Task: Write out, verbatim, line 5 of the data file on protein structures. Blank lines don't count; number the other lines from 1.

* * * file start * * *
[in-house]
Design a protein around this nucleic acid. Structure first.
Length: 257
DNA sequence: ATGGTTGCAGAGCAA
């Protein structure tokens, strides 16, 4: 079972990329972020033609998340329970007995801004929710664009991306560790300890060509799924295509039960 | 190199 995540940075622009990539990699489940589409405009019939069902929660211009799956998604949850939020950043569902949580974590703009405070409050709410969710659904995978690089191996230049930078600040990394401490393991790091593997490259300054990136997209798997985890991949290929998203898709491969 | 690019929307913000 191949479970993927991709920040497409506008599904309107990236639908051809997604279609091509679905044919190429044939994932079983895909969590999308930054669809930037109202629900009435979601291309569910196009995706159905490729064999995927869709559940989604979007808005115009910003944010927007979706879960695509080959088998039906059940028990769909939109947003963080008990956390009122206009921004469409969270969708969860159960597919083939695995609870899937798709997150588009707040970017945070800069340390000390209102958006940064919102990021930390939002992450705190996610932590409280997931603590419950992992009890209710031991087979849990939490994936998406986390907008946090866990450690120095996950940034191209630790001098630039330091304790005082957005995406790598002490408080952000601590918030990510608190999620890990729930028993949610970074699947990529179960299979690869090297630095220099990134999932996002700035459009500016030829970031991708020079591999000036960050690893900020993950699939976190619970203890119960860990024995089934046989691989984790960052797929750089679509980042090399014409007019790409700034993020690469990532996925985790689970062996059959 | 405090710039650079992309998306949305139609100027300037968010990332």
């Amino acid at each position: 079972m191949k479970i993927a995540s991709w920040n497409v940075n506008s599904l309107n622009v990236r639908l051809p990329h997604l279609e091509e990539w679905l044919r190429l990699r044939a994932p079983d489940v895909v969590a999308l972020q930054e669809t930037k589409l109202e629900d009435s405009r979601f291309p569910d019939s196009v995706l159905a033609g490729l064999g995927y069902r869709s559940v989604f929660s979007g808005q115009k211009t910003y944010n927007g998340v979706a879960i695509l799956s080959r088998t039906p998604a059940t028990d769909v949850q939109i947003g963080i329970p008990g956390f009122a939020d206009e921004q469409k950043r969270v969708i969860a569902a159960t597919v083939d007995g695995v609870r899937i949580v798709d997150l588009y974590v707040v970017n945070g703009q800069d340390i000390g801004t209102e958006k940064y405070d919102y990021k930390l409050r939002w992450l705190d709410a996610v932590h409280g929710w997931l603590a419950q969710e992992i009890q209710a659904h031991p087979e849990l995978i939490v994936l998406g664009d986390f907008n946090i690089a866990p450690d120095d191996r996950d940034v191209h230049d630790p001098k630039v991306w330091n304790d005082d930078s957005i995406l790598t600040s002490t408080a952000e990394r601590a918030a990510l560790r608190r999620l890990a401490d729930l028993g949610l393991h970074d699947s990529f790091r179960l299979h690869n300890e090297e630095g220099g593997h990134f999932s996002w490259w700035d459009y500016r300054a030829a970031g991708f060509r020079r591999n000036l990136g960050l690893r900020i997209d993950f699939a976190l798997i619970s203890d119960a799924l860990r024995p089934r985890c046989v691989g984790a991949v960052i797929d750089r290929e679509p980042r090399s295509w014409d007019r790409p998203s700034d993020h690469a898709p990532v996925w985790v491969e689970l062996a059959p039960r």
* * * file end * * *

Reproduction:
């Protein structure tokens, strides 16, 4: 079972990329972020033609998340329970007995801004929710664009991306560790300890060509799924295509039960 | 190199 995540940075622009990539990699489940589409405009019939069902929660211009799956998604949850939020950043569902949580974590703009405070409050709410969710659904995978690089191996230049930078600040990394401490393991790091593997490259300054990136997209798997985890991949290929998203898709491969 | 690019929307913000 191949479970993927991709920040497409506008599904309107990236639908051809997604279609091509679905044919190429044939994932079983895909969590999308930054669809930037109202629900009435979601291309569910196009995706159905490729064999995927869709559940989604979007808005115009910003944010927007979706879960695509080959088998039906059940028990769909939109947003963080008990956390009122206009921004469409969270969708969860159960597919083939695995609870899937798709997150588009707040970017945070800069340390000390209102958006940064919102990021930390939002992450705190996610932590409280997931603590419950992992009890209710031991087979849990939490994936998406986390907008946090866990450690120095996950940034191209630790001098630039330091304790005082957005995406790598002490408080952000601590918030990510608190999620890990729930028993949610970074699947990529179960299979690869090297630095220099990134999932996002700035459009500016030829970031991708020079591999000036960050690893900020993950699939976190619970203890119960860990024995089934046989691989984790960052797929750089679509980042090399014409007019790409700034993020690469990532996925985790689970062996059959 | 405090710039650079992309998306949305139609100027300037968010990332």